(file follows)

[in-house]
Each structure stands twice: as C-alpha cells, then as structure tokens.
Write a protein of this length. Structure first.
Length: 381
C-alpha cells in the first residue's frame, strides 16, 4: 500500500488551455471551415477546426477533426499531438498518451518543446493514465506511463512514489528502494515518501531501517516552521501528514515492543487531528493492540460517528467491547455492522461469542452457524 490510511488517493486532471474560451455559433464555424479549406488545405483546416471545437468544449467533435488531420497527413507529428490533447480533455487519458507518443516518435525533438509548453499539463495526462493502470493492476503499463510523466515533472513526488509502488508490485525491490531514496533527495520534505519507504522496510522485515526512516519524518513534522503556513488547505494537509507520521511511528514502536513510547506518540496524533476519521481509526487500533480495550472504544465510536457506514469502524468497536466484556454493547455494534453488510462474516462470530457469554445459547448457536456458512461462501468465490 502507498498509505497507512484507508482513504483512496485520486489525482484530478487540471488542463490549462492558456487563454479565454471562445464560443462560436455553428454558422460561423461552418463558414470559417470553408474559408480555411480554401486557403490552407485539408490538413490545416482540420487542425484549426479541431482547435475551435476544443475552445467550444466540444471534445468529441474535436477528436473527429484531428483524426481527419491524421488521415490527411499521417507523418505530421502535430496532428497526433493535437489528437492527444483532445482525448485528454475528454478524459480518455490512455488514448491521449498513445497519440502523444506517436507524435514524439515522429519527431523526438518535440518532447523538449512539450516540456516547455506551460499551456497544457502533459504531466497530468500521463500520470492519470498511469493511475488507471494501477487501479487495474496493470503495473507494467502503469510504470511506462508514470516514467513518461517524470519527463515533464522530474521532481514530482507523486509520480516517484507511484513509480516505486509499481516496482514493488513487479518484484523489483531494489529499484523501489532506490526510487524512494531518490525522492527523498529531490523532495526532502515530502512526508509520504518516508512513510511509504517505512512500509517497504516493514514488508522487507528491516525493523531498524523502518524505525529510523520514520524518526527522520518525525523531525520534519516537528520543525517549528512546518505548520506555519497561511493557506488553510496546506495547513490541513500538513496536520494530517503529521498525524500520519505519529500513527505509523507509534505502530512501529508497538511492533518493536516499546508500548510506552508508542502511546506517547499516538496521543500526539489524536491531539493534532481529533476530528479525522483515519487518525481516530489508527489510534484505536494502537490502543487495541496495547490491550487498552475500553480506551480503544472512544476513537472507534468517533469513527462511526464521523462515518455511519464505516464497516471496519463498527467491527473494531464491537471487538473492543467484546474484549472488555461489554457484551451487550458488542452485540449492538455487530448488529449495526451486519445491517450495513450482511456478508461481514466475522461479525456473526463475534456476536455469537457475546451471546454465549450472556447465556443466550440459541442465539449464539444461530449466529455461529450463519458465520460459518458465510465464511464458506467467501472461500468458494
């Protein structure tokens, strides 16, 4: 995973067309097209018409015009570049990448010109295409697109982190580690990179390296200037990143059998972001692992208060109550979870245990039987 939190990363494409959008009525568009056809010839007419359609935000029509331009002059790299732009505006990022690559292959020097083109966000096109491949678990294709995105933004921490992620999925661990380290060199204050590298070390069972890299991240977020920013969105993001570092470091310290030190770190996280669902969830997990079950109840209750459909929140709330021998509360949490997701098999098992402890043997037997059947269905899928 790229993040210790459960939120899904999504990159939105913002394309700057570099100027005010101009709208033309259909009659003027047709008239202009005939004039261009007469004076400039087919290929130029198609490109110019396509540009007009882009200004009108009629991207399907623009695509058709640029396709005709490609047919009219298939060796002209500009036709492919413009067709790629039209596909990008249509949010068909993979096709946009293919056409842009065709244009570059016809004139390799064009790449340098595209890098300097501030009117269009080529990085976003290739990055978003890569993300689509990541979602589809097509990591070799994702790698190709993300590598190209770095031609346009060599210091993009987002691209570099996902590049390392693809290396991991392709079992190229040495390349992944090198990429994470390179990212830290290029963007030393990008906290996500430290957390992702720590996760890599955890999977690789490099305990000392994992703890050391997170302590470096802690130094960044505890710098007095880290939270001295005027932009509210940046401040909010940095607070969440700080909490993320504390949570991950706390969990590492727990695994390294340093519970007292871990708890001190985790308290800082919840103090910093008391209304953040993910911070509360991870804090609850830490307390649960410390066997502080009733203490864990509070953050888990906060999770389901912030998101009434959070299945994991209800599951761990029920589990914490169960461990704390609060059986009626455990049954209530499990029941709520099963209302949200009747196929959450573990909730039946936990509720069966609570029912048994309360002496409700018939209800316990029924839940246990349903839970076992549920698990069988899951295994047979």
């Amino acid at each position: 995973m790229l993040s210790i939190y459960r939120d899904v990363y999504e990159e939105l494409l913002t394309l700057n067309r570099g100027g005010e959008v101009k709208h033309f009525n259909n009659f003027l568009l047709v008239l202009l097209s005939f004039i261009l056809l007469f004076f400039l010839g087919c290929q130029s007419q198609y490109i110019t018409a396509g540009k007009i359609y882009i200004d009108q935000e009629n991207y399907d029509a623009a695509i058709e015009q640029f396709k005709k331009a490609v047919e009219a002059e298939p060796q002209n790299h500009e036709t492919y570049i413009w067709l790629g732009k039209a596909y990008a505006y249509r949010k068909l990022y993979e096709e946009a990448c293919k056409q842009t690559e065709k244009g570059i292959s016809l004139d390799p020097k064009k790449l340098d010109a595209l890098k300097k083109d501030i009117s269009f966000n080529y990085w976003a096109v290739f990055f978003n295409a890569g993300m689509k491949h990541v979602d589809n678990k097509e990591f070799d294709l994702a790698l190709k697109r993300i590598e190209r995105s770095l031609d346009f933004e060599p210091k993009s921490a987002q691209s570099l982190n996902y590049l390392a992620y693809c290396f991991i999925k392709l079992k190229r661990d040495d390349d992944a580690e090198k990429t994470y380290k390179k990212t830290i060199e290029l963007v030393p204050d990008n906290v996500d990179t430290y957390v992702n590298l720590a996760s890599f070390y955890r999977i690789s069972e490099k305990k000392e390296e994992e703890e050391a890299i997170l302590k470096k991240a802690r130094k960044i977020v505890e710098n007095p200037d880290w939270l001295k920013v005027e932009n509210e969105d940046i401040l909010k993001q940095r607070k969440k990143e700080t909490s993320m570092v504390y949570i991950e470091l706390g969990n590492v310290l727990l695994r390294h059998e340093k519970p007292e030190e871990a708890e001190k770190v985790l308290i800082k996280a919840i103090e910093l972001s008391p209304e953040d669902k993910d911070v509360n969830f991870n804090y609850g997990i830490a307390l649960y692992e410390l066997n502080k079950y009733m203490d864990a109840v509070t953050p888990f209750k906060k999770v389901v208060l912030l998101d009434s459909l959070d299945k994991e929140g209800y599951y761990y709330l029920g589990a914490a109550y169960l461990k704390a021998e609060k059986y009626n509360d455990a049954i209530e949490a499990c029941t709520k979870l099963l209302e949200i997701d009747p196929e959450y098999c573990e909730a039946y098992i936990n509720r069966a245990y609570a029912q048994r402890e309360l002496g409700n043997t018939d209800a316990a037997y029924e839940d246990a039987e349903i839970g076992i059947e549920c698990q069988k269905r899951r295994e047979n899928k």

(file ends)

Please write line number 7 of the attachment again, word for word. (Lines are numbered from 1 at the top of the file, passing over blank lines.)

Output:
């Amino acid at each position: 995973m790229l993040s210790i939190y459960r939120d899904v990363y999504e990159e939105l494409l913002t394309l700057n067309r570099g100027g005010e959008v101009k709208h033309f009525n259909n009659f003027l568009l047709v008239l202009l097209s005939f004039i261009l056809l007469f004076f400039l010839g087919c290929q130029s007419q198609y490109i110019t018409a396509g540009k007009i359609y882009i200004d009108q935000e009629n991207y399907d029509a623009a695509i058709e015009q640029f396709k005709k331009a490609v047919e009219a002059e298939p060796q002209n790299h500009e036709t492919y570049i413009w067709l790629g732009k039209a596909y990008a505006y249509r949010k068909l990022y993979e096709e946009a990448c293919k056409q842009t690559e065709k244009g570059i292959s016809l004139d390799p020097k064009k790449l340098d010109a595209l890098k300097k083109d501030i009117s269009f966000n080529y990085w976003a096109v290739f990055f978003n295409a890569g993300m689509k491949h990541v979602d589809n678990k097509e990591f070799d294709l994702a790698l190709k697109r993300i590598e190209r995105s770095l031609d346009f933004e060599p210091k993009s921490a987002q691209s570099l982190n996902y590049l390392a992620y693809c290396f991991i999925k392709l079992k190229r661990d040495d390349d992944a580690e090198k990429t994470y380290k390179k990212t830290i060199e290029l963007v030393p204050d990008n906290v996500d990179t430290y957390v992702n590298l720590a996760s890599f070390y955890r999977i690789s069972e490099k305990k000392e390296e994992e703890e050391a890299i997170l302590k470096k991240a802690r130094k960044i977020v505890e710098n007095p200037d880290w939270l001295k920013v005027e932009n509210e969105d940046i401040l909010k993001q940095r607070k969440k990143e700080t909490s993320m570092v504390y949570i991950e470091l706390g969990n590492v310290l727990l695994r390294h059998e340093k519970p007292e030190e871990a708890e001190k770190v985790l308290i800082k996280a919840i103090e910093l972001s008391p209304e953040d669902k993910d911070v509360n969830f991870n804090y609850g997990i830490a307390l649960y692992e410390l066997n502080k079950y009733m203490d864990a109840v509070t953050p888990f209750k906060k999770v389901v208060l912030l998101d009434s459909l959070d299945k994991e929140g209800y599951y761990y709330l029920g589990a914490a109550y169960l461990k704390a021998e609060k059986y009626n509360d455990a049954i209530e949490a499990c029941t709520k979870l099963l209302e949200i997701d009747p196929e959450y098999c573990e909730a039946y098992i936990n509720r069966a245990y609570a029912q048994r402890e309360l002496g409700n043997t018939d209800a316990a037997y029924e839940d246990a039987e349903i839970g076992i059947e549920c698990q069988k269905r899951r295994e047979n899928k």